US 3779664 A
A low-cost, conventional twist drill ground with a unique point configuration that includes a symmetrically-shaped, non-cutting, non-threaded, basically conical tip projecting from the center of the drill point with immediately contiguous cutting edges that enable the drill to generate precision holes in non-ferrous metals and other low-yield strength materials including very thick sections.
Description (OCR text may contain errors)
United States Patent 1 Caley et al.
[ Dec. 18, 1973 DRILL WITH GUIDE TIP lnventors: Lloyd E. Caley, Seattle; Horace E.
Hill, Renton; Joseph L. Phillips, Bellevue. all of Wash.
The Boeing Company, Seattle, Wash.
Filed: Dec. 30, 1971 Appl. No.: 214,154
Related US. Application Data Continuation-impart of Ser. No. 867,204, Oct. 17, 1969, abandoned.
US. Cl 408/225, 408/230, 72/325, 72/464 rm. Cl B23b 51/00 Field of Search 408/223, 225, 230; 72/325, 464
 References Cited UNlTED STATES PATENTS 3,592,555 7/1971 Mackey 408/225 2,600,286 6/1952 Weiland 408/211 3,387.51 l 6/1968 Ackart et al 408/230 Primary ExaminerFrancis S. Husar Att0rneyGlenn Orlob et al.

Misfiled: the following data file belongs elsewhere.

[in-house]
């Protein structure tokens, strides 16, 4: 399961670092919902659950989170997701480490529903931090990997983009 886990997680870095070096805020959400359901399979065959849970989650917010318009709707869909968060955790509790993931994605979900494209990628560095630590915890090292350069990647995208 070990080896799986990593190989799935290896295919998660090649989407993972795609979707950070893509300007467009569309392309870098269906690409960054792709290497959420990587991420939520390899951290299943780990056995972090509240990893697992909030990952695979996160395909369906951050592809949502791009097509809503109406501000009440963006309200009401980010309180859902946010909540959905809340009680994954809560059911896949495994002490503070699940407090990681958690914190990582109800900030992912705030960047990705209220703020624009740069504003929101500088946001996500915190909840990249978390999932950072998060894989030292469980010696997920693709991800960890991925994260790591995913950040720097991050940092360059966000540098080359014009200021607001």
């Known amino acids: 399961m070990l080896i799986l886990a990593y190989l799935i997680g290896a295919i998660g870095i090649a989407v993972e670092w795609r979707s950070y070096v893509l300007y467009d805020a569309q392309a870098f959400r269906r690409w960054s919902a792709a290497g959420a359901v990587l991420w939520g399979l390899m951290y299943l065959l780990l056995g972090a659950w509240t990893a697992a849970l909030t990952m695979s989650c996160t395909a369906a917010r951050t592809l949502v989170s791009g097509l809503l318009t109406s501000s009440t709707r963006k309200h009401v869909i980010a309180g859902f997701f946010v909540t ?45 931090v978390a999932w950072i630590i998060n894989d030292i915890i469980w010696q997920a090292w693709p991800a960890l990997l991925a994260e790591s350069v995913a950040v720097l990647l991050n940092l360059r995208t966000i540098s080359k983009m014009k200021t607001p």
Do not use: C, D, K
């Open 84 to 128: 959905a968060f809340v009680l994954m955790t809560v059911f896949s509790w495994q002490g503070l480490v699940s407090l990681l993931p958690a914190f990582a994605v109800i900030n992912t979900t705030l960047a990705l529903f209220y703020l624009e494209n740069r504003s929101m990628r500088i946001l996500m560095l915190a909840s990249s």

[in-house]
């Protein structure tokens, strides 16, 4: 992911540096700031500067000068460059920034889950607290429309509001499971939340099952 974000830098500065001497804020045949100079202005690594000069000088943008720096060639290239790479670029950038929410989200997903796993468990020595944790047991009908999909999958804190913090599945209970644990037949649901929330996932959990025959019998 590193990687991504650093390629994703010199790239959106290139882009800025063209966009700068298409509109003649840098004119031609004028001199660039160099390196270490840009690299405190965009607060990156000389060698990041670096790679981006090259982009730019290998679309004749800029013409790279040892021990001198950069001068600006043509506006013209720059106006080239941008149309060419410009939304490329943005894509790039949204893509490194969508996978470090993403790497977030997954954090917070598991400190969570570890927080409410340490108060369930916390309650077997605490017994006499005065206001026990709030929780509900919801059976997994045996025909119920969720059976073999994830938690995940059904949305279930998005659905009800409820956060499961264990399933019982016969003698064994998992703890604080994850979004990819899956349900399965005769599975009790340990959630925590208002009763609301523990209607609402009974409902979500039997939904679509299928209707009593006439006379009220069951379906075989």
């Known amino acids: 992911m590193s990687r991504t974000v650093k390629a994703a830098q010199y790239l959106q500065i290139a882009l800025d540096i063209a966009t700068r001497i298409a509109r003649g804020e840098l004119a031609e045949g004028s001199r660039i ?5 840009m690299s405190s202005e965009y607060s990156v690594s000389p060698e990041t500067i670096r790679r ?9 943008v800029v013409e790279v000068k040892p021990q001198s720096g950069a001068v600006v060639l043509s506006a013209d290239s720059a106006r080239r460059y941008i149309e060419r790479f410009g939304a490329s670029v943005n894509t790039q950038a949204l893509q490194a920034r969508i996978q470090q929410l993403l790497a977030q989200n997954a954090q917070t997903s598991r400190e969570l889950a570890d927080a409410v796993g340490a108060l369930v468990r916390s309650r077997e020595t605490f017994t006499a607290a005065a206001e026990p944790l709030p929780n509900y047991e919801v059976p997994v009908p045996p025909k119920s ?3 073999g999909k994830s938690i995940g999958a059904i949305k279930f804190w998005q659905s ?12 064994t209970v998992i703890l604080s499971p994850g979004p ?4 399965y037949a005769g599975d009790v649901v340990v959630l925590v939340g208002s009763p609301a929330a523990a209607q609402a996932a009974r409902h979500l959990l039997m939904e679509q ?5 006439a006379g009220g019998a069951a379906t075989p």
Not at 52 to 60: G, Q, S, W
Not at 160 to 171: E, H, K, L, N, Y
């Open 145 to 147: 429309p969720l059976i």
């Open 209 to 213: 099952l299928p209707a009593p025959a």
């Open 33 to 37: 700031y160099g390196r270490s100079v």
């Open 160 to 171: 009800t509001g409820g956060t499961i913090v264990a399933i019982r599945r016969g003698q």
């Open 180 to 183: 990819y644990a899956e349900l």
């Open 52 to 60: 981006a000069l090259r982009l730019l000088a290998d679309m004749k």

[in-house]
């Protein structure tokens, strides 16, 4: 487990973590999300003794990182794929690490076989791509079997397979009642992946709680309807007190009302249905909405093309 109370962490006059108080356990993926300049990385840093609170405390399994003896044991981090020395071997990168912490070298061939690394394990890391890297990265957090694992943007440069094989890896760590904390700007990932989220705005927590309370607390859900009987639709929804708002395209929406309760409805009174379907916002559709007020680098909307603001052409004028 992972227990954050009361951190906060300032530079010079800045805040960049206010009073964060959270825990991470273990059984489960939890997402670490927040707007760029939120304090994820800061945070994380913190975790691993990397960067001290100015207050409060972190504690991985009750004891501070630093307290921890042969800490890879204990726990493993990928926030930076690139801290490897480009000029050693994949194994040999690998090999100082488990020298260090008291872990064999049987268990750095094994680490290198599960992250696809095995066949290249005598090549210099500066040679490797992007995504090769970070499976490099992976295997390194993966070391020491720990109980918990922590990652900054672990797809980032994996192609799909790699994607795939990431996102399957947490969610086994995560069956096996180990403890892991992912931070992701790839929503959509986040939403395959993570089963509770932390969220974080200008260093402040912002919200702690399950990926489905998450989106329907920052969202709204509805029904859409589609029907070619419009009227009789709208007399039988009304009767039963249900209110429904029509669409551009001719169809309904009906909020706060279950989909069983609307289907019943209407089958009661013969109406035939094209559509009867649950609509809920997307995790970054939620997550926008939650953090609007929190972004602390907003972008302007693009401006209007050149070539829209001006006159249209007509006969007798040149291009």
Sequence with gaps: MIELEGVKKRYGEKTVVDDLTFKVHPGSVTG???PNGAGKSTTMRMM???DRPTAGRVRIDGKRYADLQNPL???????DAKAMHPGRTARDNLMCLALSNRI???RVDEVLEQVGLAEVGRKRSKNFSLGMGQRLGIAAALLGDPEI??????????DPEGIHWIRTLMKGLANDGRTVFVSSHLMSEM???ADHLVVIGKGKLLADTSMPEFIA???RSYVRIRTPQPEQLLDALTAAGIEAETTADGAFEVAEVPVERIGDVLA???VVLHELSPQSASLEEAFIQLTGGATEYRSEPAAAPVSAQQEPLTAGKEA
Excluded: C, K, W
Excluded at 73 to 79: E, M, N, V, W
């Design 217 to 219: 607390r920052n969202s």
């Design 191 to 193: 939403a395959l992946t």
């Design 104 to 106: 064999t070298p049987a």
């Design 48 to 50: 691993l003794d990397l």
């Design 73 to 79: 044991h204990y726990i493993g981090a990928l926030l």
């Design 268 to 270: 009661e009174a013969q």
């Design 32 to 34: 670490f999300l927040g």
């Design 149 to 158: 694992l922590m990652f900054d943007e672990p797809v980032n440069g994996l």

[5 7] ABSTRACT A low-cost, conventional twist drill ground with a unique point configuration that includes a symmetrically-shaped, non-cutting, non-threaded, basically conical tip projecting from the center of the drill point with immediately contiguous cutting edges that enable the drill to generate precision holes in non-ferrous metals and other low-yield strength materials including very thick sections.
4 Claims, 11 Drawing Figures memo nn: 1 a ma 3,779;664
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Z /V07'C// GENE/Q4 T/O/V A/VZE F544 771/5 70 09/41. AX/S FOR SECOND/71?) o"- HEL/X AA 645' corn/vs EDGE aw/p DRILL WITH GUIDE TIP CROSS REFERENCE TO RELATED APPLICATION This application is a continuation-in-part of the copending application of Lloyd E. Caley, Horace E. Hill and Joseph L. Phillips for DRILL WITH GUIDE TIP, Ser. No. 867,204, filed Oct. 17, I969 and now abandoned.